Jointly funded by the Centers for Disease Control and Prevention and the Robert Wood Johnson Foundation, the board was created to  administer the new accreditation process for state, local, tribal, and territorial health departments. The program was launched in September 2011, and health departments are already beginning to apply. The 11-member Accreditation Committee will make accreditation decisions on behalf of the PHAB board of directors, a UK press release said.

Monday, January 9, 2012

Require all to have a prescription for pseudoephedrine, or just meth criminals? Officials debate the issue on KET

By Tara Kaprowy
Kentucky Health News

If something isn't done now about the prevalence of methamphetamine in Kentucky, "We're going to lose a generation." That was one of the jarring comments from one of the public officials who discussed ways to limit access to pseudoephedrine, the key ingredient in meth, Monday evening on KET's Kentucky Tonight.

The issue is one of the most contentious in the legislative session that began last week. There are two bills on the table aimed at quashing the problem, both sponsored by House Democrats.

Rep. Linda Belcher of Shepherdsville would make pseudoephedrine available only by prescription, but exempt the gel-cap version of the decongestant. Her bill would expire in three years, to give legislators an opportunity to assess its effectiveness.

Rep. Brent Yonts of Greenville would merely require the 5,500 Kentuckians who have already been convicted on a meth-related charge to have a prescription for the drug.

Belcher argued on the program that Yonts' bill "doesn't go far enough, it doesn't do the job," because meth cooks can pay others to buy the drug over the counter, while Yonts said his bill is a "middle ground" compromise. He asked, "Do we punish the whole population of Kentucky or do we punish those who have violated the law?"

Clay County Sheriff Kevin Johnson called into the program and sided with Belcher, saying "As far as putting the crooks on a banned list, that's not going to help the problem." Chris Cohron, Warren County commonwealth's attorney, said officers with the Kentucky Narcotics Officers Association "overwhelmingly support" Belcher's effort.

Maj. Tony King of the Jefferson County Sheriff's Office took an opposing view In order for pseudoephedrine to be made available only by prescription, it must be reclassified as a legend drug, he said, but those drugs are not tracked by MethCheck — the system that instantly tracks pseudoephedrine purchases at the point of sale — but by KASPER, the state's slower system for monitoring prescription drug abuse. "We will lose the ability to track these people and we will lose the ability track these labs," he said.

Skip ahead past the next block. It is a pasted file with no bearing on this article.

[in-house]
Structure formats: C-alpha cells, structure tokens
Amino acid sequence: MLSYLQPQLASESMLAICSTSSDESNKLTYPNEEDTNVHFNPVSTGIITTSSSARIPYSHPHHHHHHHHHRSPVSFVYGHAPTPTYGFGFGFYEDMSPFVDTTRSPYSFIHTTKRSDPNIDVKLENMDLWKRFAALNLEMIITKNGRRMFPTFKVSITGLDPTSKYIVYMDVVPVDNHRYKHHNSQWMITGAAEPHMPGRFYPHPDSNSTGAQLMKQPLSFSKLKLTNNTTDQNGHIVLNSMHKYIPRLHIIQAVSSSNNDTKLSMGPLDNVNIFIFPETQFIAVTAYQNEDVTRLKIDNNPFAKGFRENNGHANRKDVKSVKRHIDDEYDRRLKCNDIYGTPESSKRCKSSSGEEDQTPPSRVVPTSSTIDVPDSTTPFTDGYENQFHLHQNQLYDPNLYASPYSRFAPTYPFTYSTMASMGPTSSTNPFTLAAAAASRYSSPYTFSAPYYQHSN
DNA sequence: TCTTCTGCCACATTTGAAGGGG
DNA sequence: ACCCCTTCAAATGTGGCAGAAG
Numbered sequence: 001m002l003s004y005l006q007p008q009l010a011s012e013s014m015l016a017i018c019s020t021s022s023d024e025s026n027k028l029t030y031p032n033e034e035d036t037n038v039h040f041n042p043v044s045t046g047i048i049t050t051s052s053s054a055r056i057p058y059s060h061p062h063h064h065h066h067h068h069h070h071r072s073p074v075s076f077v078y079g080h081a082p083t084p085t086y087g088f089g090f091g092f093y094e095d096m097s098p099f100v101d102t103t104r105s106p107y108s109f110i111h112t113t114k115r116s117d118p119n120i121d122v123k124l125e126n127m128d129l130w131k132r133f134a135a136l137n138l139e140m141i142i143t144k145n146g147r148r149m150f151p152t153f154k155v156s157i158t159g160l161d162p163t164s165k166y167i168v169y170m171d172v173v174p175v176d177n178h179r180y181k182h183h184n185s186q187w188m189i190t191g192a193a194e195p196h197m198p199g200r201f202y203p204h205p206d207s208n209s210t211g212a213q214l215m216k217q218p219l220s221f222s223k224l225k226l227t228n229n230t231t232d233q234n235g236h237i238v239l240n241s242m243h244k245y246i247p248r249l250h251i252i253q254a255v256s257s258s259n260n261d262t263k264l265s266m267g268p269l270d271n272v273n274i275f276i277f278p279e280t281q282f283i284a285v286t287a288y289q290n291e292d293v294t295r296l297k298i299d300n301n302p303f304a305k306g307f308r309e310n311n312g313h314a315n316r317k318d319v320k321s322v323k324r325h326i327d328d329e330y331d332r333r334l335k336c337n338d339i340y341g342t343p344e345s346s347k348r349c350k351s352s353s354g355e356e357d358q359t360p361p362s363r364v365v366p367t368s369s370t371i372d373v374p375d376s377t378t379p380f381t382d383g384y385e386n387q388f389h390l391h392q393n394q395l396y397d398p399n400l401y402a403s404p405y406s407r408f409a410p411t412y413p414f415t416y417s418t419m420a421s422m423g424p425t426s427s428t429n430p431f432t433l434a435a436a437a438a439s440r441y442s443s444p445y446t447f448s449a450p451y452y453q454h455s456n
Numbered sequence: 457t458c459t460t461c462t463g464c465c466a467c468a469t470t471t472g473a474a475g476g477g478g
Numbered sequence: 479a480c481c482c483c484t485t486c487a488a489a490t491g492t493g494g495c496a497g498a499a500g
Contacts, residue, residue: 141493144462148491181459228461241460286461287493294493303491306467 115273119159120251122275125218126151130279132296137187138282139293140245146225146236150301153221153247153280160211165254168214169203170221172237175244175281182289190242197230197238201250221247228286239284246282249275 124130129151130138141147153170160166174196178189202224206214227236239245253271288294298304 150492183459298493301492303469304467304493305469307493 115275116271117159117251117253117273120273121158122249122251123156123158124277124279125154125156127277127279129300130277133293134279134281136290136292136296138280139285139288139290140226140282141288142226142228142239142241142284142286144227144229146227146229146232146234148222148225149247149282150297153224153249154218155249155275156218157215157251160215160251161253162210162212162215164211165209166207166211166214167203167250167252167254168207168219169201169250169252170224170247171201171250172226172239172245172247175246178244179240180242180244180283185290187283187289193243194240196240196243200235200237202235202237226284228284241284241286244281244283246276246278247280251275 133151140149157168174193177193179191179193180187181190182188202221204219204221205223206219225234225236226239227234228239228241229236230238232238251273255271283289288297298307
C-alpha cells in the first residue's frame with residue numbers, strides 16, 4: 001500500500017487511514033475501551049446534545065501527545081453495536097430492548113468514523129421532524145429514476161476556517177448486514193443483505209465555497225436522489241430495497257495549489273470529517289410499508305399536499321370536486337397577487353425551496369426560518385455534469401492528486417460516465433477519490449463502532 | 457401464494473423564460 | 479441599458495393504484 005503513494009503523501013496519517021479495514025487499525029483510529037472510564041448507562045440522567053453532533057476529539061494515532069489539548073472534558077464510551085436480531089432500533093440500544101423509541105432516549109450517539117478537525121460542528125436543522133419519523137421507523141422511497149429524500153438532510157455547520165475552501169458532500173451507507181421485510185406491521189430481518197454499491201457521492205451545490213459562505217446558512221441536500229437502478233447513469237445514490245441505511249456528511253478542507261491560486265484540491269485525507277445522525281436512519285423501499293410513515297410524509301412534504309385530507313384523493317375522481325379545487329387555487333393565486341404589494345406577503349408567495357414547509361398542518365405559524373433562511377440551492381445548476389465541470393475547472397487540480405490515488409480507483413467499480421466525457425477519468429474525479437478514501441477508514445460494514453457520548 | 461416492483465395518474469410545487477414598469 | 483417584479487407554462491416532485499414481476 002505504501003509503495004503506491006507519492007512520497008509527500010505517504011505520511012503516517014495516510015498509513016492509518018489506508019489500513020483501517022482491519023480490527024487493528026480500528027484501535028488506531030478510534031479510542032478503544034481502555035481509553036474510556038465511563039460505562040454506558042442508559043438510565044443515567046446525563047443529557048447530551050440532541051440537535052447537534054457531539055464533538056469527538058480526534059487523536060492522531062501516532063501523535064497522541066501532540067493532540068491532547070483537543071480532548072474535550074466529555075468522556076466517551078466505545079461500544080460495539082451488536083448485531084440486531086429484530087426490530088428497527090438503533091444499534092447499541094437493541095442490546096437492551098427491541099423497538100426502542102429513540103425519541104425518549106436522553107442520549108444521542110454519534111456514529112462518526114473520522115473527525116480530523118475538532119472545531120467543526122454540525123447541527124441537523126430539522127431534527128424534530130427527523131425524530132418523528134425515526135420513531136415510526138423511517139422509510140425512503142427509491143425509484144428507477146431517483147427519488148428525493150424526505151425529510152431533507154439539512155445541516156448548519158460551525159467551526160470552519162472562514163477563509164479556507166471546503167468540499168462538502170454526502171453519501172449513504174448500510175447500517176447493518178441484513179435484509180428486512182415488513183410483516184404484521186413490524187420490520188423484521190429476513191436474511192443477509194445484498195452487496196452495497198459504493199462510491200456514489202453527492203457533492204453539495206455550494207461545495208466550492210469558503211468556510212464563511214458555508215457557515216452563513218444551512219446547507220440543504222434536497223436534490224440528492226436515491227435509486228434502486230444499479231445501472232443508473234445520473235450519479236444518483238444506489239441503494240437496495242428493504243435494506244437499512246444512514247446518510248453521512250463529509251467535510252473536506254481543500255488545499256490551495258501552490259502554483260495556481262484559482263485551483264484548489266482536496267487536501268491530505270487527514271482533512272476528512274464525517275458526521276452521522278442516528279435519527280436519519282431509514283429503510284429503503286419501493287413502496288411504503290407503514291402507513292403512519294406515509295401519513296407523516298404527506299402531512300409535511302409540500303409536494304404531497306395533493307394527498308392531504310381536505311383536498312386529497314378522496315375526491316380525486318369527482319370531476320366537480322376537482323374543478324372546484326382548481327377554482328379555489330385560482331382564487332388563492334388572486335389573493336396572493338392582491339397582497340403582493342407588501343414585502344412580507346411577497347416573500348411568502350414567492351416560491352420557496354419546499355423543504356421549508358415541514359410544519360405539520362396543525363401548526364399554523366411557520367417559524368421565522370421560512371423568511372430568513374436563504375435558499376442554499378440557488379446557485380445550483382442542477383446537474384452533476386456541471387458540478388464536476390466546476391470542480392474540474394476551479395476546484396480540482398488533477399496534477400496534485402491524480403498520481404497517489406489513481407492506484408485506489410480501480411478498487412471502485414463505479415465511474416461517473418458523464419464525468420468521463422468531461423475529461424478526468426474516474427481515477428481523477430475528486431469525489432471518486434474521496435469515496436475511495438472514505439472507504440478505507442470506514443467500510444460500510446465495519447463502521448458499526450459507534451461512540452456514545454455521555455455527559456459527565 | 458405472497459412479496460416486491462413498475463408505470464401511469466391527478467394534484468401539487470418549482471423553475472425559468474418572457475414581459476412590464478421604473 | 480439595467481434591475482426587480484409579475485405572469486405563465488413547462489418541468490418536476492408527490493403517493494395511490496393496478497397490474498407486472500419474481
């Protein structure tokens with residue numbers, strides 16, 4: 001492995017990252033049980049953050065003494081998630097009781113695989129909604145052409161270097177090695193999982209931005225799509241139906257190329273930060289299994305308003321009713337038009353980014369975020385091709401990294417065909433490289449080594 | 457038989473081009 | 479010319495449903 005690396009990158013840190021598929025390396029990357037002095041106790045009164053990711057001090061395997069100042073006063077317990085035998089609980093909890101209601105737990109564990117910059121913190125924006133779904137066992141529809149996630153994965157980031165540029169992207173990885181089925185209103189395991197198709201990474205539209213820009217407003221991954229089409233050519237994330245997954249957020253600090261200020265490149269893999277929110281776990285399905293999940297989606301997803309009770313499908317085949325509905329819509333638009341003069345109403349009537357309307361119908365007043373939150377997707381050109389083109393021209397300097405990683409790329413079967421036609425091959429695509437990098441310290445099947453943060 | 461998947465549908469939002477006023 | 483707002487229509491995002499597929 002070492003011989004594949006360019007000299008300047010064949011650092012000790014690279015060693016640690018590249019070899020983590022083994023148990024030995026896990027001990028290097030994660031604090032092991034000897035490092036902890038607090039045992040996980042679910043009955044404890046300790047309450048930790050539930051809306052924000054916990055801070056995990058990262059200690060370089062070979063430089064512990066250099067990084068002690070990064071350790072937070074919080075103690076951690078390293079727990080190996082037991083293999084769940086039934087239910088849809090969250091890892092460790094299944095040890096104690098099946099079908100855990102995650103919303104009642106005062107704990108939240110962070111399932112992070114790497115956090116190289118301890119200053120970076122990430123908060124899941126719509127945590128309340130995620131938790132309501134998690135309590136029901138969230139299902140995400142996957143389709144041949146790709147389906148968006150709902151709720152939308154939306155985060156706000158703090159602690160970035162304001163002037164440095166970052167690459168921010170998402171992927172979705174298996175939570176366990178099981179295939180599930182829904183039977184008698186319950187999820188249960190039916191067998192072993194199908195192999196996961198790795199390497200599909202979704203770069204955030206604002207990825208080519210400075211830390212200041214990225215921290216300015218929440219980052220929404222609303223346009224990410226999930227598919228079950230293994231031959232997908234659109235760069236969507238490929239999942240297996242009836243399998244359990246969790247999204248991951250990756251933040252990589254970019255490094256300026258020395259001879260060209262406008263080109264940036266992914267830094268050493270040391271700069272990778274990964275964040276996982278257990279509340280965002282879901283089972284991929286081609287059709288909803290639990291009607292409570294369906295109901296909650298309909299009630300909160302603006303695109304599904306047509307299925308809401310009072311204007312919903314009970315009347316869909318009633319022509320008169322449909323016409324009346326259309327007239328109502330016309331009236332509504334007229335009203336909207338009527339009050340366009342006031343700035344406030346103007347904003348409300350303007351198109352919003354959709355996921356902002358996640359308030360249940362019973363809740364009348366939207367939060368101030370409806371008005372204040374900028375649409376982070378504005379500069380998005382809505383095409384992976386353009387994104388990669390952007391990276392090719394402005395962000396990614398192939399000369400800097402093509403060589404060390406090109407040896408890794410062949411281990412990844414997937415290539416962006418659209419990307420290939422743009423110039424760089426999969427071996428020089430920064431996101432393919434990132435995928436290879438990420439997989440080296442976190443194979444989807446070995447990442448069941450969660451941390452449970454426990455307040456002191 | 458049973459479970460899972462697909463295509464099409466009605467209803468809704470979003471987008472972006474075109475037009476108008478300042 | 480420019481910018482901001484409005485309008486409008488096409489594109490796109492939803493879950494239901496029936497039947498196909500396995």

Meth-lab numbers continue to go up in Kentucky, reaching nearly 1,100 in 2010. Cohron said that is not the case in Oregon, one of two states that has passed a prescription law. He noted that in 2004, there were 472 labs in Oregon and 571 in Kentucky. In 2010, there were 13 in Oregon, and nearly 1,100 in Kentucky. Still, Yonts said Belcher's bill would punish people in all Kentucky counties for the problems of a relatively few counties.

Yonts argued MethCheck is working now, and his bill would merely strengthen what's in place. He said MethCheck stopped more than 14,000 attempts to buy pseudoephedrine last year. "All our surrounding states will very quickly have our system," he said. "CVS and Walgreens will inter-connect. It's a system that instantly verifies. It works." Cohron countered that 100,000 attempts were blocked in Oklahoma, which has a similar system, "but meth labs are still going up by 10 percent a year there. "Being reactive instead of blocking it is not going to solve the problem," he said.

Some callers to the show said Belcher's bill should not exempt gel caps, from which pseudoephedrine is more difficult to produce. Belcher acknowledged her bill is also a compromise and that 97 percent of meth labs use the pill version. Yonts said exempting the gel caps "just opens the door to another problem."

Panelists also discussed the issue of cost. Yonts said the state stands to lose up to $1 million in tax revenue if pseudoephedrine is reclassified as a legend drug, because prescription medication is not subject to sales tax. Belcher said the cost will be far greater, $1 million in manpower alone. "If we're looking at a tight budget, I'd certainly like to take that $1 million and use it for something that is more productive," she said.

Both Yonts and Belcher said they expect their bills to be heard in committee soon. In the meantime, Cohron, who said a generation is at stake if nothing is done, underscored the importance of dealing with the issue without being romanced by drug companies and lobbyists. "We're talking about a billion-dollar industry," he said. "They will spare no expense and they will stop at nothing to defeat it because it a billion dollars on the line."

To watch the show via KET videostreaming, click here.

Kentucky Health News is a service of the Institute for Rural Journalism and Community Issues, based in the School of Journalism and Telecommunications at the University of Kentucky, with support from the Foundation for a Healthy Kentucky.